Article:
The number of schools and colleges offering distance learning classes is increasing. A study published in 2011 by the U.S. Department of Education found that, “From 2000 to 2008, the percentage of undergraduates enrolled in at least one distance education class expanded from 8 percent to 20 percent. And the percentage enrolled in a distance education degree program increased from 2 percent to 4 percent.”
The benefits of distance learning are clear. More students get to take classes that would not be available, otherwise. Also, this alleviates the capacity restraints of traditional classrooms. However, there are some criticisms. Some are concerned that the technology is not foolproof and the classes rely heavily on the idea that AV equipment will be able to do a good job at relating audible sound and clear visuals across long distances.
For distance learning audio to be clear and intelligible, you must address acoustics in the classroom. Loud, reverberant rooms will muddle audio and speech, making communication via microphone confusing and probably frustrating.
According to an article published earlier this year in University Business, “Studies have shown that poor acoustics that cause noise disturbance and speech intelligibility problems in classrooms can lead to lower test scores. According to “Acoustical Design – Basis of a Sound Education”, a School Planning and Management report from April 2005, “Students in today’s classrooms are unable to understand 25 to 30 percent of what their teacher said because of excessive noise and reverberation.” Distance learning classrooms are certainly no exception to this. In fact, in distance learning there is not one classroom, but the near end and far end classrooms that can be affected by poor acoustics.”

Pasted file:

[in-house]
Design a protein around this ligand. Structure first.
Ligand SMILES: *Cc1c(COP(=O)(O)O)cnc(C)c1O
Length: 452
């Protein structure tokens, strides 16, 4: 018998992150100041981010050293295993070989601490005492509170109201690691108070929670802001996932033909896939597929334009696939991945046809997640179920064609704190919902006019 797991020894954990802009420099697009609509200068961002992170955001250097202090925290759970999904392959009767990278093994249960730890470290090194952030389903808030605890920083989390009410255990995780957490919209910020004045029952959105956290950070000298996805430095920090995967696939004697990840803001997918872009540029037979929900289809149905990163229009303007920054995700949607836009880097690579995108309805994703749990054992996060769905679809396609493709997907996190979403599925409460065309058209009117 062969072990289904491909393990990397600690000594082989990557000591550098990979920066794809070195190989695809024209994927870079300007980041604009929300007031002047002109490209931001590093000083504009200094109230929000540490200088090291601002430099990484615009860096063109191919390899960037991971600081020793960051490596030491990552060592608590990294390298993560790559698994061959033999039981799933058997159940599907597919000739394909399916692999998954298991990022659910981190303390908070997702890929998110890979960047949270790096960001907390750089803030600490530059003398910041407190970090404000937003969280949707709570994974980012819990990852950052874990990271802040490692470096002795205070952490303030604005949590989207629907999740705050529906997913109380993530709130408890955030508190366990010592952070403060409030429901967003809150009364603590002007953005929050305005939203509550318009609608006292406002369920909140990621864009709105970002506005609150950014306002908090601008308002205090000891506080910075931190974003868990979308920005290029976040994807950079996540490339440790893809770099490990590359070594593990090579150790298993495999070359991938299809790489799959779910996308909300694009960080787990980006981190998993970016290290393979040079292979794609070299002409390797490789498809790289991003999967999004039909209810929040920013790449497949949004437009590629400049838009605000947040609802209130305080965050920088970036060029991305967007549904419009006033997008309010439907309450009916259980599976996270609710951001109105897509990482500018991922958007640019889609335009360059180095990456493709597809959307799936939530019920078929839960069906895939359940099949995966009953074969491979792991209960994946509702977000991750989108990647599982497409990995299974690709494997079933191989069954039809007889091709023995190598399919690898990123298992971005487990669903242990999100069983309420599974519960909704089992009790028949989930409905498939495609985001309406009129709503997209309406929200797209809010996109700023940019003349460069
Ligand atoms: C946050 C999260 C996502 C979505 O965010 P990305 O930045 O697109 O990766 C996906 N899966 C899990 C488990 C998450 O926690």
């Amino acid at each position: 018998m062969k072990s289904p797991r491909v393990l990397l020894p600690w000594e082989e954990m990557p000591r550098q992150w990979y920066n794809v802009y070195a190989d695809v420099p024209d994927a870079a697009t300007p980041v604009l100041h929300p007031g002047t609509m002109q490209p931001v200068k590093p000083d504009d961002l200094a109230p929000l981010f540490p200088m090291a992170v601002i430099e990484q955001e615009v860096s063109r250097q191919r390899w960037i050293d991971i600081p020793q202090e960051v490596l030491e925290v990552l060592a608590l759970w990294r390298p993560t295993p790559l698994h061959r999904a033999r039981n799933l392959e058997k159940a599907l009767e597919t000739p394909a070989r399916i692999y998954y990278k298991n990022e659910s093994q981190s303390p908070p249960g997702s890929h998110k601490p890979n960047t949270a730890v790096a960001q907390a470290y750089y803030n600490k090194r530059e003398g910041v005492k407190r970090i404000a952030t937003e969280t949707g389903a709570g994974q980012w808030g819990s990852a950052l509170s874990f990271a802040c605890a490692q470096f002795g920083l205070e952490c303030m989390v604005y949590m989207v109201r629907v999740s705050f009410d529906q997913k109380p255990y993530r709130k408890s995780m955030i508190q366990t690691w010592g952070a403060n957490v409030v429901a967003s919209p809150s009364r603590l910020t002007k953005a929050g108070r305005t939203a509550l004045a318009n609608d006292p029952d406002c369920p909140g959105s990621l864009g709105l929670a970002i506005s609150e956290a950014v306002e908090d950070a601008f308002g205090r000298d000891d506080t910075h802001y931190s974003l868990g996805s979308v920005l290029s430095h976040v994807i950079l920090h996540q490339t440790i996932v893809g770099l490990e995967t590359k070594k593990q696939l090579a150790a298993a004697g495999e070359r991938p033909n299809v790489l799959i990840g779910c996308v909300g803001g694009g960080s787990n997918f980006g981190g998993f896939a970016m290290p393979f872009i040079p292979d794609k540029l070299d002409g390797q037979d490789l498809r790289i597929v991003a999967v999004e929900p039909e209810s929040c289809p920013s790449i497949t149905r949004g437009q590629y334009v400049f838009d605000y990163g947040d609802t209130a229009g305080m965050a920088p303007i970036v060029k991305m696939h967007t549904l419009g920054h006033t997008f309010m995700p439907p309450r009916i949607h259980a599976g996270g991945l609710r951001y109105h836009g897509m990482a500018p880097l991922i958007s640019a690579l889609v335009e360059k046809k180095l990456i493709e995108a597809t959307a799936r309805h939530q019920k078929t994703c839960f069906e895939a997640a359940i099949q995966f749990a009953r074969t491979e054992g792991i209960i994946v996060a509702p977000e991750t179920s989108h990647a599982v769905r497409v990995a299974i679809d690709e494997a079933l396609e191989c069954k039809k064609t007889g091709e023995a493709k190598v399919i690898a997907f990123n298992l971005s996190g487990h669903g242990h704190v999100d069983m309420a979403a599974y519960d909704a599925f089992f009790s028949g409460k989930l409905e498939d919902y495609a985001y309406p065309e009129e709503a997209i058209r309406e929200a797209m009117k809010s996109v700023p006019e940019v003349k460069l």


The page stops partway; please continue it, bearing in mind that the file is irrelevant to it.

So, what is the best way to acoustically treat a distance learning facility?
- Make sure reverberation is low. Hard, reflective surfaces create echo and a long reverberation time – the enemy of speech intelligibility. To lower reverberation, sound absorbing materials like acoustical wall panels, drop or glue-on ceiling tiles, and acoustical clouds should be installed in problem areas of the room.
- Keep outside sounds – outside. Increased distraction is already one of the major criticisms of distance learning. This is because the instructor is not physically in the room. If students can hear what is going on in the hallway, outside the window, or in the neighboring classroom, they will certainly be even more distracted and have trouble hearing the lesson. Soundproof existing doors with door seal kits, add another layer of glass to windows with acoustical window seals, and if you can hear the lesson going on next door, consider using a mass loaded vinyl sound barrier during wall construction, or add more drywall with damping compound between to an existing wall with isolation clips.
Check out this example of acoustical treatment we installed at Virginia’s MathScience Innovation Center’s distance learning broadcast rooms (where distance learning instructors are recorded and broadcasted live to students):
First, Sonex® Audio Tiles were installed on the rooms’ ceilings to combat floor-to-ceiling reverberation. These foam panels work by absorbing sound waves before they have a chance to bounce off the ceiling and back at the teachers or reverberate through the space.
Next, to treat the side-to-side reverberation, 64 square feet of beige SoundSuede™ Acoustical Wall Panels were installed in each broadcast room. These fabric wrapped panels work in largely the same way as the audio tiles. They also work by absorbing sound waves with which they come into contact, thus reducing echo and reverberation.
Acoustical Solutions installed one 4’x8′ behind each broadcast seat. These panels serve the same absorptive purpose as the other panels in the room, but with an added bonus. We printed the center’s logo on the panels’ fabric. This serves as a backdrop for broadcasted lessons.
Acoustical Door Seal Kits were installed on each of the room’s doors. These kits include jambs, automatic bottoms and thresholds. Sealing the openings around doors drastically reduces noise transfer. This is because of the 1 percent rule. This rule states that a 1 percent opening will allow up to 50 percent of the sound to escape.
There you have it! It’s as simple as lowering reverberation and isolating rooms. Now that you know which products can do this effectively. You should be able to create distance learning classrooms where lessons are crystal clear.
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